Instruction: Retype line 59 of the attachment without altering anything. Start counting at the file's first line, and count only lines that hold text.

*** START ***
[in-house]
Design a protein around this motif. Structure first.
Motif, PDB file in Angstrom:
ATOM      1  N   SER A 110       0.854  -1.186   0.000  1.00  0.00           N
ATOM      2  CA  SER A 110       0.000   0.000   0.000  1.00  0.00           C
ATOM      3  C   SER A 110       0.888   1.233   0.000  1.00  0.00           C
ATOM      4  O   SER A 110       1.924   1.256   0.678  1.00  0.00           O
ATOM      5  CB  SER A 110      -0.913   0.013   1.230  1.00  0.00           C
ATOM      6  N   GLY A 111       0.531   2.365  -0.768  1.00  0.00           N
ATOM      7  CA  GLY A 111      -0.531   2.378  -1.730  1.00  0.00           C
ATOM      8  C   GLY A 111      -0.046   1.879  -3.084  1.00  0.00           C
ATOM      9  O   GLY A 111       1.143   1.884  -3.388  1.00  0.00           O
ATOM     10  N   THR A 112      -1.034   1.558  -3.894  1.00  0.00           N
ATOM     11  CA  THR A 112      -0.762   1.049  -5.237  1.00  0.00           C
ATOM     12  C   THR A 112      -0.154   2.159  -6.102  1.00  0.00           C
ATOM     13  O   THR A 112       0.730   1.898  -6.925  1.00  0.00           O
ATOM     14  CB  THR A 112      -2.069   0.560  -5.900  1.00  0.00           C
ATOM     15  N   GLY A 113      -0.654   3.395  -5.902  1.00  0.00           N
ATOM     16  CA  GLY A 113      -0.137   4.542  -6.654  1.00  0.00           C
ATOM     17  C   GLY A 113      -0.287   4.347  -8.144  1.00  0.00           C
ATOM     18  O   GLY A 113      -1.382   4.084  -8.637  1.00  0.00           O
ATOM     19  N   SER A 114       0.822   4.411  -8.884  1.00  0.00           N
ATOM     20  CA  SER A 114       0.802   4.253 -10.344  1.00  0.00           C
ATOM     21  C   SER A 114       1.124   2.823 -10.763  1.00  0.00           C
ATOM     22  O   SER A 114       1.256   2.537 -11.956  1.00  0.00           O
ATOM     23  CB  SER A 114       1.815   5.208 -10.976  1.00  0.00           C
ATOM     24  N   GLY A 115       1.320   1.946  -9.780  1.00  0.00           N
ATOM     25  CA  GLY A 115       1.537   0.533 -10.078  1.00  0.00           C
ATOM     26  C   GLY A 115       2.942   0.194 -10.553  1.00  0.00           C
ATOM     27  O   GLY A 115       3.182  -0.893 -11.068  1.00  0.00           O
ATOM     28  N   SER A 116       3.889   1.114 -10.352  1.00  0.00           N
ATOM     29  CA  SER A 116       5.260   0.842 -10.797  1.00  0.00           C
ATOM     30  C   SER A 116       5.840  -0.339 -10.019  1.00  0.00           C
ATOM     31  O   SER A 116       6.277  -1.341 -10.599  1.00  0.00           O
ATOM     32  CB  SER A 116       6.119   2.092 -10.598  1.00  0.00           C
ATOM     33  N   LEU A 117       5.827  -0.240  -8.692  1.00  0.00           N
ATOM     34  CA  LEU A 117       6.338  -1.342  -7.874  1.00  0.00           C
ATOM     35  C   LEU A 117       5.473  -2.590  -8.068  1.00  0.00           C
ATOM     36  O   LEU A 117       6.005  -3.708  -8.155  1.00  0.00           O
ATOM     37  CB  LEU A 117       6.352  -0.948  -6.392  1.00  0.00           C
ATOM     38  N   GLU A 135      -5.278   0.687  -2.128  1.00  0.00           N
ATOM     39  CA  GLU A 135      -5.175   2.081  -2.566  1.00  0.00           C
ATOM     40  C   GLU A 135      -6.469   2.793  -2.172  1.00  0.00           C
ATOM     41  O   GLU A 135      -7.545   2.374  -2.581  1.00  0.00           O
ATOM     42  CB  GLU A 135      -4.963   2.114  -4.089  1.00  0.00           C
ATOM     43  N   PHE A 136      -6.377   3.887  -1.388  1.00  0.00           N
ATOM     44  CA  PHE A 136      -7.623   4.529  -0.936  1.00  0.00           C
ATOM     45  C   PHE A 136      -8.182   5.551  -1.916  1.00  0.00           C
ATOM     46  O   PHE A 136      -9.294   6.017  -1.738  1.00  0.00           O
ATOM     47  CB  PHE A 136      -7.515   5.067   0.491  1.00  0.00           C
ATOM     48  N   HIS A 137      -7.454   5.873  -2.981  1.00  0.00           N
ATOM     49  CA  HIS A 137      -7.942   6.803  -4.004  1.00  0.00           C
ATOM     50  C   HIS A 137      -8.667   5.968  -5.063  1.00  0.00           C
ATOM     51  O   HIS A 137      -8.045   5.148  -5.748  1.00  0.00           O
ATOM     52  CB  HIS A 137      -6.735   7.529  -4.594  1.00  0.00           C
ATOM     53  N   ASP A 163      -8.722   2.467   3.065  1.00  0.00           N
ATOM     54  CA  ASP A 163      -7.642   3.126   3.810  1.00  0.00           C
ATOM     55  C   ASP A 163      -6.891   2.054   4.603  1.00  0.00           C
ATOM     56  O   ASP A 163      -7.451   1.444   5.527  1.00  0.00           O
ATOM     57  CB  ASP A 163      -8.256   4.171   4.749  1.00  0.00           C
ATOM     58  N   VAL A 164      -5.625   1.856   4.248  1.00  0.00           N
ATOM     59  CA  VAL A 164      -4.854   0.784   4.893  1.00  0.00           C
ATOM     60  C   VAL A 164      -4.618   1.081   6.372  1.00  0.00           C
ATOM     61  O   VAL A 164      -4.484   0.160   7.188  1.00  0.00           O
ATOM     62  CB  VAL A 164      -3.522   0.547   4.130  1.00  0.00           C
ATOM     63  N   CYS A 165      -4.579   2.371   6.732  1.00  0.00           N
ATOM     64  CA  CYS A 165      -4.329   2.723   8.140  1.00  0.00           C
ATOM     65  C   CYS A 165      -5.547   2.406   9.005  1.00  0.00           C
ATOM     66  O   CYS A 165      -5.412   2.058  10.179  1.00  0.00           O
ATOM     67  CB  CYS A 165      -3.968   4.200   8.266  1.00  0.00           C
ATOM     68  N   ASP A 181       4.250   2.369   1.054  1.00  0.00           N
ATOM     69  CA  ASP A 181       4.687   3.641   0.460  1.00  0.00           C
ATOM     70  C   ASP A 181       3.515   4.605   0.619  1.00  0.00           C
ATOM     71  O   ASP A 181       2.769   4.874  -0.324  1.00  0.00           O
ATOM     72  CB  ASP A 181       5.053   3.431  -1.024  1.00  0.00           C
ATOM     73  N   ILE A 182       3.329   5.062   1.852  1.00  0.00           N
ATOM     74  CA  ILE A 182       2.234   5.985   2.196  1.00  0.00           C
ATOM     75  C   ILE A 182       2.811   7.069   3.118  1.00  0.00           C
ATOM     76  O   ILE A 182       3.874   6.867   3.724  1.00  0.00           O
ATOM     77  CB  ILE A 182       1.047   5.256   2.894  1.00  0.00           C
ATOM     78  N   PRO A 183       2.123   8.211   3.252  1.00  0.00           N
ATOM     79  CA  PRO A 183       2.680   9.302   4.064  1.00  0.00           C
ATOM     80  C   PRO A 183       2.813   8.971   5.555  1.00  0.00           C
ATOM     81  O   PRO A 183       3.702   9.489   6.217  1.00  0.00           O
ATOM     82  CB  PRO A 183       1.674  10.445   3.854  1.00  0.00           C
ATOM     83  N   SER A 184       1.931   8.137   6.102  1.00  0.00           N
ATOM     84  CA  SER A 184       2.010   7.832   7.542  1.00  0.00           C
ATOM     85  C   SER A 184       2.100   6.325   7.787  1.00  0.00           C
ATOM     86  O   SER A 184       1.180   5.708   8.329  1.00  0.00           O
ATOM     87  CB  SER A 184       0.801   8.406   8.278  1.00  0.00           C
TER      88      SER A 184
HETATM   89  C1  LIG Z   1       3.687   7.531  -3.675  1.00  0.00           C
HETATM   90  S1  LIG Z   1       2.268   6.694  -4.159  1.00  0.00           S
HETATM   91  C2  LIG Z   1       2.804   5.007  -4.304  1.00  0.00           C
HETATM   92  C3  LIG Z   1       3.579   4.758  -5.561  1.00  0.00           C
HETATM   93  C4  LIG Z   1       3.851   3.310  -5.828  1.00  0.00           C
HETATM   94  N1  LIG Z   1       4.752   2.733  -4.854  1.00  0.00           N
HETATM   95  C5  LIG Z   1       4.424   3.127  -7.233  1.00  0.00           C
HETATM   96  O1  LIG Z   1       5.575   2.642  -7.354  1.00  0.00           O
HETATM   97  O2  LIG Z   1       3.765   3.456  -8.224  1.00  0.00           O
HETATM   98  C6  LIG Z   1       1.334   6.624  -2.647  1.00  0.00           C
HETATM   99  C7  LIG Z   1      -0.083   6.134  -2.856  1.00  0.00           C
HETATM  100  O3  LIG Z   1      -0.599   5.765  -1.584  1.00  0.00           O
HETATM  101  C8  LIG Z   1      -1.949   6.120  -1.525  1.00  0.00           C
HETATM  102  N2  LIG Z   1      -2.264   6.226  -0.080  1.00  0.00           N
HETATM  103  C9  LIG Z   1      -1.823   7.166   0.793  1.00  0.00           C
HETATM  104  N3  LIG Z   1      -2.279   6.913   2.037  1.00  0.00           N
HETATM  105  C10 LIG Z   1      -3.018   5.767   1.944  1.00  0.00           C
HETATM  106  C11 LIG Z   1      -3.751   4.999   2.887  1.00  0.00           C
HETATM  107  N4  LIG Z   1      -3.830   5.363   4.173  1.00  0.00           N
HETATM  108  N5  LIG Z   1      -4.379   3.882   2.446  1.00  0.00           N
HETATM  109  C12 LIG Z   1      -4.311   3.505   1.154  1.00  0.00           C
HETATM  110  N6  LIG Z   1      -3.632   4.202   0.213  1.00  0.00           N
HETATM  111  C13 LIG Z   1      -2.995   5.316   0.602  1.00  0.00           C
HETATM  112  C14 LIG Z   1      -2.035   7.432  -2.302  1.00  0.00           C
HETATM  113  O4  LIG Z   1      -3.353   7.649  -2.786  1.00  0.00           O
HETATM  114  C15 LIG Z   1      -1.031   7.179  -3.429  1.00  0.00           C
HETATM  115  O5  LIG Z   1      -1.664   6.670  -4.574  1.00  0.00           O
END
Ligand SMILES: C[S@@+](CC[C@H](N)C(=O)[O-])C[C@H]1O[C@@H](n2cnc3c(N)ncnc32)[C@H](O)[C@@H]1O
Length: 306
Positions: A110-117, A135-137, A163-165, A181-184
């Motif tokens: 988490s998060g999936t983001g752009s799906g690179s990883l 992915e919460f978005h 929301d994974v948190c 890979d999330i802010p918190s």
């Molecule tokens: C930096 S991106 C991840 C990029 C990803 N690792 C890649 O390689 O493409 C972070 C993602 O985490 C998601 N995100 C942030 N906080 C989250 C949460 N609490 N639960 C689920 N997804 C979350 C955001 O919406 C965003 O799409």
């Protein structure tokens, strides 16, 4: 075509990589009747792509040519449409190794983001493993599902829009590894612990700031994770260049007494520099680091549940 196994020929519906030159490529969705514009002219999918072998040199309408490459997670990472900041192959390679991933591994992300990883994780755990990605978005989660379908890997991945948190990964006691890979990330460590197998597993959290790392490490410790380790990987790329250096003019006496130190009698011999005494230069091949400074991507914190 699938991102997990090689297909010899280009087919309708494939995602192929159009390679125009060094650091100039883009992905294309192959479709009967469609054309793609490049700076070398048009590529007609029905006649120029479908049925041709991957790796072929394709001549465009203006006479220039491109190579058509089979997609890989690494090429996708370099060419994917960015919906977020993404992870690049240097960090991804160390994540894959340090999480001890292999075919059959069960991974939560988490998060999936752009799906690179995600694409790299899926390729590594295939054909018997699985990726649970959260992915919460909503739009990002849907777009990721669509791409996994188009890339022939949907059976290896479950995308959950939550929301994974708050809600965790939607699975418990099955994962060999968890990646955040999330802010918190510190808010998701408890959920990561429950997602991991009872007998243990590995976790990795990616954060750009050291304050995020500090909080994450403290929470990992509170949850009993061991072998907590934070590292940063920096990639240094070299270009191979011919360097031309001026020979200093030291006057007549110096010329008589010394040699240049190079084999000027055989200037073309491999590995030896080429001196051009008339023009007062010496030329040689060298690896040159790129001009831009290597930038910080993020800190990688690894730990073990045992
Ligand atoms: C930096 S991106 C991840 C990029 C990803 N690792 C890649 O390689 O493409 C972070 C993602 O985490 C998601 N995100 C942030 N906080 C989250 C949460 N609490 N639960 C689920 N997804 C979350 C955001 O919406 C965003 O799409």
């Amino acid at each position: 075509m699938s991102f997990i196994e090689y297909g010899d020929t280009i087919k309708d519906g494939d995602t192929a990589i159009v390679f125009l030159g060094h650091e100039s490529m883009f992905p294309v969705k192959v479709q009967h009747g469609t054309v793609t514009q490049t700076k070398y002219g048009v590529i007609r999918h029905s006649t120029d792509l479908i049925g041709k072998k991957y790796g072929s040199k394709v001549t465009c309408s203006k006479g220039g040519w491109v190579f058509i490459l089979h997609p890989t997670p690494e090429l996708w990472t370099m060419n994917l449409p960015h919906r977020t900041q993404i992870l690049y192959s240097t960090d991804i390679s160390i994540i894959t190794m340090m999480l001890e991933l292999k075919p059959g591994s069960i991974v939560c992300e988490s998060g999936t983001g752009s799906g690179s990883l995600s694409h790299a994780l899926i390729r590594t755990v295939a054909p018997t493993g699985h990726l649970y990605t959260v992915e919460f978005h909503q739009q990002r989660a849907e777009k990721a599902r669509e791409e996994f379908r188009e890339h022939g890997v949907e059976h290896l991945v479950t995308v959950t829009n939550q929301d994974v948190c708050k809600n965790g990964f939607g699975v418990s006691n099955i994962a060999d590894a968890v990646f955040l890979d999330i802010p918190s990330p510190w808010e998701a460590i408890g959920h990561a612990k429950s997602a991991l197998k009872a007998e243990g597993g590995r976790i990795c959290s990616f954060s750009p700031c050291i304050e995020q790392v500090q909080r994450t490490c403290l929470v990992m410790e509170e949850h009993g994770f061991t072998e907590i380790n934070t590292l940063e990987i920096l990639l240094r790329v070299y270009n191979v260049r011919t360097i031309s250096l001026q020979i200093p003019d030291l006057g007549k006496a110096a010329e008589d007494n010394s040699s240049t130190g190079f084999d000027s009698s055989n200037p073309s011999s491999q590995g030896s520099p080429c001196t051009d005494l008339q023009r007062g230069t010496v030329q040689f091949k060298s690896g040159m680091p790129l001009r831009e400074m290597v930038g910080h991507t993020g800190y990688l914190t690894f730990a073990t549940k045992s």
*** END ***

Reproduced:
ATOM     56  O   ASP A 163      -7.451   1.444   5.527  1.00  0.00           O